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Eisuke Shirota, the director of Chainsaw Man’s manga-esque trailer that saw a global buzz, shares his thoughts on ads 



“FIST BUMP,” part of the J-VAVE’s radio program “GRAND MARQUEE,” features Tokyoites.

The episode on May 1 welcomed a video director Eisuke Shirota, who directs manga-themed videos, usual music videos, and TV commercials. He shared his philosophy on staying creative, how he made a manga-esque trailer for Chainsaw Man, and spoke up about how ads are perceived in society.

Chainsaw man‘s manga-esque trailer saw a global buzz

Celeina (MC): First of all, let me give you a brief profile. After graduating from Tama Art University, you worked for a commercial production company before starting your freelance activities in 2018. He is good at directing not only live-action but also cross-motion graphics, animation, and other visual techniques to bring out the charm of music, and has worked on TV commercials for various companies, manga PVs such as “Chain saw Man” “One Piece,” and “HUNTER x HUNTER,” as well as KIRINJI I understand that you have directed music videos for KIRINJI, Shugo Tokumaru, Siamese Cats, OH-SHUN, YUGA, and also for Mr. Takano’s Frasco.

Takano (MC): That’s right. We are very close, actually.

Shirota: Because they are my men.

Takano: They made the music video for Frasco. They are a weekend creator unit called “yorocine”.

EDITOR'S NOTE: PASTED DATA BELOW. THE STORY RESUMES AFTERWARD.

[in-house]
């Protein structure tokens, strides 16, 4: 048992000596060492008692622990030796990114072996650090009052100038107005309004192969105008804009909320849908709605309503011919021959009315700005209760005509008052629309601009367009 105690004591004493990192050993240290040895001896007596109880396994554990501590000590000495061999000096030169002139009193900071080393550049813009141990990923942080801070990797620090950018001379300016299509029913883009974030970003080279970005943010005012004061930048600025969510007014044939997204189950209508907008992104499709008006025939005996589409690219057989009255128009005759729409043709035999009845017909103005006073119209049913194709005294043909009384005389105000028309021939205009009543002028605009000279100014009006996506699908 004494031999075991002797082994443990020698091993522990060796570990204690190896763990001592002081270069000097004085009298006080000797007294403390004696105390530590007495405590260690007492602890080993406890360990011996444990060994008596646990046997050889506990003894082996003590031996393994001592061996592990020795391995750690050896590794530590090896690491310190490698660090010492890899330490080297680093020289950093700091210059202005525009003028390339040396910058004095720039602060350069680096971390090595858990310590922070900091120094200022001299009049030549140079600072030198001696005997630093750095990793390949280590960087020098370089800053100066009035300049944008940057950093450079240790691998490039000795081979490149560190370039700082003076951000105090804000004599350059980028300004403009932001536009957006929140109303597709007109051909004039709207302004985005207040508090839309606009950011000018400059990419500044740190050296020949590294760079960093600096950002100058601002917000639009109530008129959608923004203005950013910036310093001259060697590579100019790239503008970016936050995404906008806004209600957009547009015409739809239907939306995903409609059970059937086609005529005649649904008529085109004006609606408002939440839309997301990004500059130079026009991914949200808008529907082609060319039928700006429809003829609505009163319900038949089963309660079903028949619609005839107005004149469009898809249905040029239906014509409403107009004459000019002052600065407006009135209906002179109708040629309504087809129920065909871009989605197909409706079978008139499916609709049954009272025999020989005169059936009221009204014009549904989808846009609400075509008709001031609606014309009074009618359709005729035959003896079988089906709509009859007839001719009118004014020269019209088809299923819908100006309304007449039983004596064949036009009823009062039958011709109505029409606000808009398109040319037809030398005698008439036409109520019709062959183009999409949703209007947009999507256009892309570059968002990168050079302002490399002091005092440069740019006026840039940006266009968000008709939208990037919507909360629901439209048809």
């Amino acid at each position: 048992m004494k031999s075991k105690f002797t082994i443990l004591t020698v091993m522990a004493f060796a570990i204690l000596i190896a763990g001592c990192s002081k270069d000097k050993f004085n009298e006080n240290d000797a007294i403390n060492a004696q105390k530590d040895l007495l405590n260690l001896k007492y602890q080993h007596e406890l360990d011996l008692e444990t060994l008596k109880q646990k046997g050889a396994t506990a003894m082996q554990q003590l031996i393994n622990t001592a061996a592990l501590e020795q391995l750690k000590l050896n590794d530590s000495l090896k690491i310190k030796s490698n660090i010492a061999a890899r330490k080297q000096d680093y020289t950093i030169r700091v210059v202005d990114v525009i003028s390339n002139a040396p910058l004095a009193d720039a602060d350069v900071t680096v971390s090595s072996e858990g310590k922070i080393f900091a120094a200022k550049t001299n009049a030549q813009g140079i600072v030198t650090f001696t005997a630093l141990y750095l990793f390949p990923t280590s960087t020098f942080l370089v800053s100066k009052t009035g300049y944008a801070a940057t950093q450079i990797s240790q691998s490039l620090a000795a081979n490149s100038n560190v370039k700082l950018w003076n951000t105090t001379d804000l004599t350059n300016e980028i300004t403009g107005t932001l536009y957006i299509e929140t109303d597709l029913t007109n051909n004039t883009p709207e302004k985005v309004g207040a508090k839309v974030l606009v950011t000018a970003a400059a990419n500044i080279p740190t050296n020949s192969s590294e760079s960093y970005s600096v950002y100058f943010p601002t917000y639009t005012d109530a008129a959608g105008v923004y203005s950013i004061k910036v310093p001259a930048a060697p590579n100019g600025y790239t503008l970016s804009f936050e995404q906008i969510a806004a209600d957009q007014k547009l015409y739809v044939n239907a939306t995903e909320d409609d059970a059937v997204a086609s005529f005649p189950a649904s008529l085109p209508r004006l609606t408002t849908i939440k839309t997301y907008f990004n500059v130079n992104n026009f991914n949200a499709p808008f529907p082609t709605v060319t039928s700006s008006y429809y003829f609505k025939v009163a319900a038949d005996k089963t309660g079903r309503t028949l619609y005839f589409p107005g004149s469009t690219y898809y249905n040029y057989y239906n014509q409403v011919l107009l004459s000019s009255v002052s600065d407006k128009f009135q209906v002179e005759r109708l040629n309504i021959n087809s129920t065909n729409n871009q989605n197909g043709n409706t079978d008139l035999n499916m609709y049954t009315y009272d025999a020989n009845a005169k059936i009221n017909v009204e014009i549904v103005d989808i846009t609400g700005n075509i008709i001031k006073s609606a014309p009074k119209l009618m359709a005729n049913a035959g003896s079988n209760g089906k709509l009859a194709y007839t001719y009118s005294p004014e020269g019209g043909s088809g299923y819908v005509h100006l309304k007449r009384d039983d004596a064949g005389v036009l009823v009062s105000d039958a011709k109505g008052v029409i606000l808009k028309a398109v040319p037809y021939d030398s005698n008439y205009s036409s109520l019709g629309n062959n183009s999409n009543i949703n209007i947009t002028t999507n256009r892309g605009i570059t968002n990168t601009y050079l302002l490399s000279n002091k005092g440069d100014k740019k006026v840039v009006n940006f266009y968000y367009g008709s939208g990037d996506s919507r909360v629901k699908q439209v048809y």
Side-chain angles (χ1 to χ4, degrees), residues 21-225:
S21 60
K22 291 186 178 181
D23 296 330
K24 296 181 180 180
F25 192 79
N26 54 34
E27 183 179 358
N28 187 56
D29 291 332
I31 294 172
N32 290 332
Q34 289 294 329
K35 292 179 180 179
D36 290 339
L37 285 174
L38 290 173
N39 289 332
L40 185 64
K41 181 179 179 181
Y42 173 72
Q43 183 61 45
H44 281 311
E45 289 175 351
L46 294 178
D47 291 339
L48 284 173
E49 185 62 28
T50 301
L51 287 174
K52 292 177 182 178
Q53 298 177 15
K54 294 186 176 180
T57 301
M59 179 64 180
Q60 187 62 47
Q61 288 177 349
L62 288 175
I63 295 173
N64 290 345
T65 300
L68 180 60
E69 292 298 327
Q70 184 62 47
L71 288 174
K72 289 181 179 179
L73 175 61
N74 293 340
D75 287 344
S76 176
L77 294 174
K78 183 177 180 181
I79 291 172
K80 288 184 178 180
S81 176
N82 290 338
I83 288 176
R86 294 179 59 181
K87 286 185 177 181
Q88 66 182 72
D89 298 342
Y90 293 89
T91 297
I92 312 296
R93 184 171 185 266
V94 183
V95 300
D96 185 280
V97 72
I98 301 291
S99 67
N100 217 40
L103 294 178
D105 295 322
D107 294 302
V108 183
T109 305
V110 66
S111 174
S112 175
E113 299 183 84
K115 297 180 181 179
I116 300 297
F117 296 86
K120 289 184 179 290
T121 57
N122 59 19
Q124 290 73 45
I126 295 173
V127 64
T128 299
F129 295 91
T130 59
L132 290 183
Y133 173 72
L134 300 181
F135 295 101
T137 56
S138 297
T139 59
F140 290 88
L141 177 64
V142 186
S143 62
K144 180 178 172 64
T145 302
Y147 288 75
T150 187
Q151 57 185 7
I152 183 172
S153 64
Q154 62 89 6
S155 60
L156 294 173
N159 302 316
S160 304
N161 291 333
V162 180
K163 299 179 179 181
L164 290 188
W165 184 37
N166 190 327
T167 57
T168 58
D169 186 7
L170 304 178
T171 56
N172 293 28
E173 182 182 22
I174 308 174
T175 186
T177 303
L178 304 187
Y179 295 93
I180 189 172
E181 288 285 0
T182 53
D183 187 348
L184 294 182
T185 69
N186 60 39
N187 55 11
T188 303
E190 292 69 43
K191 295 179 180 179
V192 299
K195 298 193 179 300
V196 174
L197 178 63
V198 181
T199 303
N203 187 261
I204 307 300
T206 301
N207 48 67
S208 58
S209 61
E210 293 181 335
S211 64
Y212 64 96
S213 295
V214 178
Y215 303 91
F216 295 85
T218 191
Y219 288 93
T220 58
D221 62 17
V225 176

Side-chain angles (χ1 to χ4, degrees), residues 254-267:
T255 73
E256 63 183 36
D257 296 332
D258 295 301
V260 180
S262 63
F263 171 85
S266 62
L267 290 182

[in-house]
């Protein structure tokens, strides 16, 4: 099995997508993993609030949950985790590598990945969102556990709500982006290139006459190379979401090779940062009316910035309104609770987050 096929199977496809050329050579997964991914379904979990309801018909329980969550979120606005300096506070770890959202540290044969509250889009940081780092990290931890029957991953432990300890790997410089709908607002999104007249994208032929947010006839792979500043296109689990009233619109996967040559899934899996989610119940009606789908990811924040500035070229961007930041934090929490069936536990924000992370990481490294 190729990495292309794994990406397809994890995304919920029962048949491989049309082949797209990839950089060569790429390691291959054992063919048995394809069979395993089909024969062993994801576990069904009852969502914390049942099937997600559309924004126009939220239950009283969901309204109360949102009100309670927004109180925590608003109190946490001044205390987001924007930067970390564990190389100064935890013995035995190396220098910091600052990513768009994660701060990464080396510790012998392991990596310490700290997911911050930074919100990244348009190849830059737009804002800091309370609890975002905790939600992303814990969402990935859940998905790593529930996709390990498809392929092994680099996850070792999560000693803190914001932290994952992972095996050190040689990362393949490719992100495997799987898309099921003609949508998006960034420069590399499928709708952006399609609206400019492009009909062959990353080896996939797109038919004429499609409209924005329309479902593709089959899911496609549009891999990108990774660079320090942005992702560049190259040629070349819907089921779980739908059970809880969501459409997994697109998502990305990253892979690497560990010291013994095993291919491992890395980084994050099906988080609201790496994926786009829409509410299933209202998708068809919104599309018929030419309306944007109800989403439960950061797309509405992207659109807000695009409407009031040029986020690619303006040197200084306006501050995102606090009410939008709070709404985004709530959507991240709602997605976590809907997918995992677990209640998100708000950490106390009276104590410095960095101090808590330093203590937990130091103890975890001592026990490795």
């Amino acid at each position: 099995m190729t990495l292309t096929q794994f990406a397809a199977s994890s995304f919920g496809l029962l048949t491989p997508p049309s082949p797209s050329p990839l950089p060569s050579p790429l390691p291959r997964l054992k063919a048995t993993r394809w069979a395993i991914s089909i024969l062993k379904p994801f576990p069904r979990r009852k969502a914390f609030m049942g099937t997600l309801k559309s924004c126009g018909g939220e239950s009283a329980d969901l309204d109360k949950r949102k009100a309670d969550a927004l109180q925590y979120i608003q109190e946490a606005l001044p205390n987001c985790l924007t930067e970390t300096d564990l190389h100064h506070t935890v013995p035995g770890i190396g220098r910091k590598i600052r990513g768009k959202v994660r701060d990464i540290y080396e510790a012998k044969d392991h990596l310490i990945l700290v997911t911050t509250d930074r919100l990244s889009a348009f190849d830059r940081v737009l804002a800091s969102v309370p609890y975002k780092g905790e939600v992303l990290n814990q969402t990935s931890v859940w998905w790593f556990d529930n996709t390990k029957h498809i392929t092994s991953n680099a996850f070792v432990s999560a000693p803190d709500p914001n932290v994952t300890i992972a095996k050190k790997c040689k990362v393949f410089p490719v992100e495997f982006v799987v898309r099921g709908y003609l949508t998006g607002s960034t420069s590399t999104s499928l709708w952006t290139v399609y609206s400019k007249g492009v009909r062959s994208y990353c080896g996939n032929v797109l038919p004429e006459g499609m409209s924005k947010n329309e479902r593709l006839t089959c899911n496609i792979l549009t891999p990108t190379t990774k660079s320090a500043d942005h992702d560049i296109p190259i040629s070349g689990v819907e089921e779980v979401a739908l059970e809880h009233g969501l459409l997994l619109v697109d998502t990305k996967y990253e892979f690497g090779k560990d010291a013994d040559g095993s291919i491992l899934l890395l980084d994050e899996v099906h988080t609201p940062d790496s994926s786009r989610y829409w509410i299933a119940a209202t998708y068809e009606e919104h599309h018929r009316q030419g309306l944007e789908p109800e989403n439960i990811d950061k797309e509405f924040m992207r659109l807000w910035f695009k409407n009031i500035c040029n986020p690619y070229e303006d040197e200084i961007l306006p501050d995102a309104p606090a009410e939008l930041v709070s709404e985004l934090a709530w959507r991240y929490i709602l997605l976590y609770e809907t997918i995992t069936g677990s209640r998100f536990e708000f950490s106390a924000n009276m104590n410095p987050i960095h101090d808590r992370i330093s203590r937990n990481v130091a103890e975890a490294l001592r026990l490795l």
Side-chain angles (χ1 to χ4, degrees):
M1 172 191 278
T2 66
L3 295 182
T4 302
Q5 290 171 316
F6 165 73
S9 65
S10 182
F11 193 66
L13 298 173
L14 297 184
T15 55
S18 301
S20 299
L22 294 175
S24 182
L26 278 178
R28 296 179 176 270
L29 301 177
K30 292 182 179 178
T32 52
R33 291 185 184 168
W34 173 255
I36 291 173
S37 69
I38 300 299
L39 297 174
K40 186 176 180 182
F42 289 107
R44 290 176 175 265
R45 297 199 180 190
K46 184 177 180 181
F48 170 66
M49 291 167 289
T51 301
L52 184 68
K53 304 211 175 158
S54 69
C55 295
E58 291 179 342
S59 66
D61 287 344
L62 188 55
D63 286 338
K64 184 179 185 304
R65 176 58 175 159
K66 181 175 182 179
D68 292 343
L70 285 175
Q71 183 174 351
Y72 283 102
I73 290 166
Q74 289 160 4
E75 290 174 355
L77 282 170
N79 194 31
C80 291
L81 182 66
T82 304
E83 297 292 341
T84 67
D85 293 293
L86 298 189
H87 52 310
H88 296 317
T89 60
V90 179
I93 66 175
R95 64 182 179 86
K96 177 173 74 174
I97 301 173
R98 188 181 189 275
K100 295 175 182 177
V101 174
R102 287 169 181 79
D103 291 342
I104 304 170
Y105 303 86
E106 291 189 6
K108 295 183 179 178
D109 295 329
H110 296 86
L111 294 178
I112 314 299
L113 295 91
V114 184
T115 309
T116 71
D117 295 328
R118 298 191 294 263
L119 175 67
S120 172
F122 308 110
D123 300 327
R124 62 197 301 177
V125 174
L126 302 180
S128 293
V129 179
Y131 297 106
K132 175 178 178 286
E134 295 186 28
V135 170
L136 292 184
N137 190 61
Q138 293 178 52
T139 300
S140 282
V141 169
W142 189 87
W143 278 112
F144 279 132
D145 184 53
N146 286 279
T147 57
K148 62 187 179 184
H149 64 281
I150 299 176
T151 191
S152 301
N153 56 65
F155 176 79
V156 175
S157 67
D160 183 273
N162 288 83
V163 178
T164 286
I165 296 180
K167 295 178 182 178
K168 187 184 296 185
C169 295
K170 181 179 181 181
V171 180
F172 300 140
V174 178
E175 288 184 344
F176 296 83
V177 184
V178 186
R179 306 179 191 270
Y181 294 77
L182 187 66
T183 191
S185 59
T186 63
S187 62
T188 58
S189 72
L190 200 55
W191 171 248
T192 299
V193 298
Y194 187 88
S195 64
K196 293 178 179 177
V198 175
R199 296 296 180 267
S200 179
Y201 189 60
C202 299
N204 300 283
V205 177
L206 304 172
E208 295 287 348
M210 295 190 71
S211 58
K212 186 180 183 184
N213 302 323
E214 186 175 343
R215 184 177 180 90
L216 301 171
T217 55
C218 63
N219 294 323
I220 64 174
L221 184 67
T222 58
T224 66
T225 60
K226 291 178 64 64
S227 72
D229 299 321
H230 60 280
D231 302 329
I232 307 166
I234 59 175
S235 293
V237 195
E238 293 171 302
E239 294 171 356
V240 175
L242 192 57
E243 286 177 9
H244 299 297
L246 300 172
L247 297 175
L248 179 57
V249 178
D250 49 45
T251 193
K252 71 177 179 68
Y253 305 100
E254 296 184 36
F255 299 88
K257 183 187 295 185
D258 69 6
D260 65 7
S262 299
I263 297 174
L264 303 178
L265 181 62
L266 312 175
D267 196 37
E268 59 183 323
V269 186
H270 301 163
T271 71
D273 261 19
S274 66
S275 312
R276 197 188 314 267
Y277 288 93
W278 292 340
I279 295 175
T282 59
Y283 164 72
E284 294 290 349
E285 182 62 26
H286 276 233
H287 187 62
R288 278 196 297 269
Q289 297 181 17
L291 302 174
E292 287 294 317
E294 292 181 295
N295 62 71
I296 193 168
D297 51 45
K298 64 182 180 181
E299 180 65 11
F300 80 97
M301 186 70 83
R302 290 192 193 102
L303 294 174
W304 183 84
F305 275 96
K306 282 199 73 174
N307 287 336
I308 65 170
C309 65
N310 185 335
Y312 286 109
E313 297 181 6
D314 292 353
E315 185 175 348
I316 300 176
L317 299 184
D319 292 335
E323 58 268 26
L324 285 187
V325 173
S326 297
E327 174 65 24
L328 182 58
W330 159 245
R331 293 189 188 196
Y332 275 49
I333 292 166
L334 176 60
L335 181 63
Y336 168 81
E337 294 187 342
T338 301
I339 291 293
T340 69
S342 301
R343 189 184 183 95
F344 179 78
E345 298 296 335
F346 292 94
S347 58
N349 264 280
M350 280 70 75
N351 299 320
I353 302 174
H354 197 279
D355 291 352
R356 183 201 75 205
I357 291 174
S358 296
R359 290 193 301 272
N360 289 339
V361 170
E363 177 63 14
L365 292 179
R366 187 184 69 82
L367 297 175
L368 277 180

Shirota:Originally, yes. We were a unit that only worked on Saturdays and Sundays.

Takano: There is another person named Yone-chan (art director Shun Yonemura), and yorocine was formed by Shiro-chan and Yone-chan, and they made a music video for a song called “Viewtiful” by Frasco.

Celeina: It was cute. It felt like a collage, like a lot of pictures from advertisements. I was really attracted to it.

Takano: It’s a mass of sense.

Celeina: Mr. Shirota, I know that you are currently active mainly in commercials and music videos, but I understand that you also make a lot of “manga music videos. Could you tell us what this manga PV is about?

Shirota: There is no strict definition of manga PV, but it is basically promotional PV for a book of manga. I myself am more of an advertising director than a manga PV craftsman, and my first priority is to think about how to make people want to read the work, but there seems to be a demand for it, and I often receive orders to make it.

Takano: The manga PV for “Chain saw Man” is getting a lot of buzz. People from South America have commented on it.

Shirota: The PV of the 9th volume of “Chain saw Man” is also popular overseas, and the YouTube comment section is filled with comments in languages I don’t understand. It seems to be holding the No. 1 position on the “Jump Channel”.

Celeina: I was drawn in by the way the images moved in time with the music and BPM.

Shirota: The music video for “Star Guitar” by The Chemical Brothers was made by a director named Michel Gondry. In the video, a train passes through a cityscape, and in fact, everything is in sync with the BPM. I feel a sense of mission to link and synchronize with the sound (haha).

Takano: It feels good, doesn’t it? Like the timing.

Celeina: Besides the BPM, is there anything else you keep in mind when you are making a video?

Shirota: For manga music videos, I try not to add too much fine movement. I can make it look high quality by blinking, shaking the hair, etc., but a manga is a finished manga, and if it were animated, the animation would probably be even better. So, I focused on doing the best I could with the original drawings as the source material.

Takano: I see. So it has a bit of a two-dimensional feel, or perhaps it really feels like the manga is moving.

Shirota: Manga is amazing, isn’t it? A single person can create something like that. I think it is an amazing art form, and I respect it.



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